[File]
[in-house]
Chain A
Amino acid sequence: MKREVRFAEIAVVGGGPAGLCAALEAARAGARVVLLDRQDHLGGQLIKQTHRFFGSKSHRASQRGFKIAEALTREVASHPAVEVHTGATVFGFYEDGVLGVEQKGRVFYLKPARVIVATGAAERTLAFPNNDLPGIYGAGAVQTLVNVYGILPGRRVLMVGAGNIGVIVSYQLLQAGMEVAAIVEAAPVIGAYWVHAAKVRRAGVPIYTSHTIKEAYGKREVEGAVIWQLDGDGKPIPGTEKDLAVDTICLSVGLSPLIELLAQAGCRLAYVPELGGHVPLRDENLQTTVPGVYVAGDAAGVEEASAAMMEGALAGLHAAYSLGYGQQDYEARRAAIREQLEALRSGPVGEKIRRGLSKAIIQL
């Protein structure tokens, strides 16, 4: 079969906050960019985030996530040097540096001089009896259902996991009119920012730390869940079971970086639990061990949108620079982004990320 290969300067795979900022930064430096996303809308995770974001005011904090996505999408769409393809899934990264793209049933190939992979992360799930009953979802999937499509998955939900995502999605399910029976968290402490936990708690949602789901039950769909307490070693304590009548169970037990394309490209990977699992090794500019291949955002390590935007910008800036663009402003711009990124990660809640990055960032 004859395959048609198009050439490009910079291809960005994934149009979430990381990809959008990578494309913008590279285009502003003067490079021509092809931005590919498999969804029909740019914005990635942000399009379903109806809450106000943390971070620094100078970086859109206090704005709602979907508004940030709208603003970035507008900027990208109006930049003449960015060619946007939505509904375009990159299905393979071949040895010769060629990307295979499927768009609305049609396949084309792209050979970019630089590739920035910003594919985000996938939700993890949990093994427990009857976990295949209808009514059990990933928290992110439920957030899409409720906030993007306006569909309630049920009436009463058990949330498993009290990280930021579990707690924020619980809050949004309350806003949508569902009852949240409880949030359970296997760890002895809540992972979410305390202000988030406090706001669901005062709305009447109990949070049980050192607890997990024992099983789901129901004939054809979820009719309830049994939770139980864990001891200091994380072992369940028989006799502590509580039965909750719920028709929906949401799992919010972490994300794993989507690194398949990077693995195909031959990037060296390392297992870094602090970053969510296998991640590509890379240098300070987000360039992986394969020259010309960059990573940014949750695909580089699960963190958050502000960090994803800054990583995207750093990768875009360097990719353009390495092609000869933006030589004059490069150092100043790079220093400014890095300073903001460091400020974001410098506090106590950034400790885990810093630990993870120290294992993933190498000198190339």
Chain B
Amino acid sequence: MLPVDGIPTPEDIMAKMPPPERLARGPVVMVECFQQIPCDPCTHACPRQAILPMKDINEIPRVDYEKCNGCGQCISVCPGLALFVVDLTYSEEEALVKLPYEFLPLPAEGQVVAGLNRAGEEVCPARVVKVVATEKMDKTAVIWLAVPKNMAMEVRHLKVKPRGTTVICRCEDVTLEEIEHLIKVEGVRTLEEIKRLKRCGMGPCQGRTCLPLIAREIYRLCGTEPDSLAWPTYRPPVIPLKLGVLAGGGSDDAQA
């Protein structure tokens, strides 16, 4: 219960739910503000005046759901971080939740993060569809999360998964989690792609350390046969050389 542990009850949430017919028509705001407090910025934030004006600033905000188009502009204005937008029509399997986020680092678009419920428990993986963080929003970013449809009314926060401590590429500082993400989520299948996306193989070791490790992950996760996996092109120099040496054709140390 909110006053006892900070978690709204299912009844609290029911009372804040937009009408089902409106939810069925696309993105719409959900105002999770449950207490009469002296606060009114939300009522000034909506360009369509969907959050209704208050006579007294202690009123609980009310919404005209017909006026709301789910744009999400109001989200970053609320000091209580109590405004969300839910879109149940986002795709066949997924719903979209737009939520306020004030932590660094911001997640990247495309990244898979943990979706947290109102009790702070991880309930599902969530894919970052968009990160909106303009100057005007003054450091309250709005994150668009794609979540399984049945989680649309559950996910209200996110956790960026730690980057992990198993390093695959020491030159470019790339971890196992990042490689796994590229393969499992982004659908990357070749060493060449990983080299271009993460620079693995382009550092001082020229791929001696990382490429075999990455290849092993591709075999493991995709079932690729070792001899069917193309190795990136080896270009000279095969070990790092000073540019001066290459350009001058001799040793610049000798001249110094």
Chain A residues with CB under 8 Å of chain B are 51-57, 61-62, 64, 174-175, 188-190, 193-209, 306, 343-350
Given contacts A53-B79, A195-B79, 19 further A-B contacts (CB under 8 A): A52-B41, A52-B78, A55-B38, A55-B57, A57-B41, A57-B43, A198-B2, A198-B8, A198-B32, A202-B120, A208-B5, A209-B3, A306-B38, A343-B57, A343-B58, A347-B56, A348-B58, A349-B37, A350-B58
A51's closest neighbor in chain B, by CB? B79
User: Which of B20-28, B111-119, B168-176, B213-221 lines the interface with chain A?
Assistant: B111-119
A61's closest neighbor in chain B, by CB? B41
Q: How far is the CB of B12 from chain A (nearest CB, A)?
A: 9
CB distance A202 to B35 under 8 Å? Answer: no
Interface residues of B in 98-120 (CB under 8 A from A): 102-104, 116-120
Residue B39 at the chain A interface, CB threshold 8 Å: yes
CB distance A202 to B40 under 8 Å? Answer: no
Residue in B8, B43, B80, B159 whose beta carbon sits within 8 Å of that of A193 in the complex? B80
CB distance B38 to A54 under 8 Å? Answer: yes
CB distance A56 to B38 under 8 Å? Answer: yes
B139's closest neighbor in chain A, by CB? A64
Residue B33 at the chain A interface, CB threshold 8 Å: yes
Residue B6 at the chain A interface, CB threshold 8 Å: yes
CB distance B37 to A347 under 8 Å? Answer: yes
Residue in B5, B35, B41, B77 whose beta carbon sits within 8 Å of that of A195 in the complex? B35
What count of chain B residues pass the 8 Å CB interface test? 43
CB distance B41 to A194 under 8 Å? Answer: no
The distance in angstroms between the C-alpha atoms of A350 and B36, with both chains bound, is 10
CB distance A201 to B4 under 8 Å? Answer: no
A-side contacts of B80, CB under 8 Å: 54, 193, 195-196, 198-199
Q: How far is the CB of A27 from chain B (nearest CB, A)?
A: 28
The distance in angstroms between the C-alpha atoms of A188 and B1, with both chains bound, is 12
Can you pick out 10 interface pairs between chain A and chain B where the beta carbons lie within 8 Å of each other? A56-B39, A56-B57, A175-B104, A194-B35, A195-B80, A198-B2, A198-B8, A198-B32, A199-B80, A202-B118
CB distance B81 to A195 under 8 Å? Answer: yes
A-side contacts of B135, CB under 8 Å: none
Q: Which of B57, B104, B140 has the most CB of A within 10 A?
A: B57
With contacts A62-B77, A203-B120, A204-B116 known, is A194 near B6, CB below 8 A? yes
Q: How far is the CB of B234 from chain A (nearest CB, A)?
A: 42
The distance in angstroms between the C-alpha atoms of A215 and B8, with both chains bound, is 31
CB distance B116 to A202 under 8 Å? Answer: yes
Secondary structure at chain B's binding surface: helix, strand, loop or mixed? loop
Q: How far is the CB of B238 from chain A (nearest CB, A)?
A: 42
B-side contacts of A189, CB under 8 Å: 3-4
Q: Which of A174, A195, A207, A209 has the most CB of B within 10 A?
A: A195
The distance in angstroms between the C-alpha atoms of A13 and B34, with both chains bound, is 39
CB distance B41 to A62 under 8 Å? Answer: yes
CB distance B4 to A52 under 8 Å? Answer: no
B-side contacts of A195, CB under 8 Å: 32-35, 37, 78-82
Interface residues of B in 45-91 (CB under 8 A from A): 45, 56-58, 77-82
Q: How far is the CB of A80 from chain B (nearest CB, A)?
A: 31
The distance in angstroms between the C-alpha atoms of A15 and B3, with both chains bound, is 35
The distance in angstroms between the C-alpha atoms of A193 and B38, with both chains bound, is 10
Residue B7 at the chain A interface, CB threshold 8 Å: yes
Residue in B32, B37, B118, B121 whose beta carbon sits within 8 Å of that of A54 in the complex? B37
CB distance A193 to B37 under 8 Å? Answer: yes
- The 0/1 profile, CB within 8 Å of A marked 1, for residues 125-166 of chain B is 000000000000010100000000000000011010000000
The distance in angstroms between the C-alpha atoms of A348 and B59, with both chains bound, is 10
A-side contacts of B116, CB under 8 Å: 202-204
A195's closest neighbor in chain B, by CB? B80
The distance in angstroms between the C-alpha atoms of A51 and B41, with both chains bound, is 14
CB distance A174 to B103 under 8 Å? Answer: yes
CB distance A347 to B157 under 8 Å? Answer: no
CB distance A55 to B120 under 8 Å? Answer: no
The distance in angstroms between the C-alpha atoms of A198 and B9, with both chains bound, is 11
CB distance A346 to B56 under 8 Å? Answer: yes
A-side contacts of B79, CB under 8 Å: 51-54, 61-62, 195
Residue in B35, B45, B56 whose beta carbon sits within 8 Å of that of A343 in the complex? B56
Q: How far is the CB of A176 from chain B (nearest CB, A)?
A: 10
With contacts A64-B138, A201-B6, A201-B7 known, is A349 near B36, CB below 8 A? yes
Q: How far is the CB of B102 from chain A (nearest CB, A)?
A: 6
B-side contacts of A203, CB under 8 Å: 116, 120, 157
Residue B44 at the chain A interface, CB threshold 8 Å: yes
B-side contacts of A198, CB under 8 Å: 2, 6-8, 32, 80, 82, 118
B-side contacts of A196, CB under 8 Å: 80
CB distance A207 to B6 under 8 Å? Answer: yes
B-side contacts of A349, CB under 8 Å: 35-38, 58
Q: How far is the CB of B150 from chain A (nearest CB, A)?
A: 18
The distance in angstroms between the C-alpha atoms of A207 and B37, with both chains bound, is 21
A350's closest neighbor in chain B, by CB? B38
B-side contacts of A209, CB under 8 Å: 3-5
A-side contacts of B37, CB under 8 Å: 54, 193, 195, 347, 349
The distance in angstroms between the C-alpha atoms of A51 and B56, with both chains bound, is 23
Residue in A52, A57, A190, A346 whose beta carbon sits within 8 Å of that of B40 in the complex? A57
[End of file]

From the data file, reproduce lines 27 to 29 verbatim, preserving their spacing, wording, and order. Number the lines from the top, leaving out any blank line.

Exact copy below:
Residue in B5, B35, B41, B77 whose beta carbon sits within 8 Å of that of A195 in the complex? B35
What count of chain B residues pass the 8 Å CB interface test? 43
CB distance B41 to A194 under 8 Å? Answer: no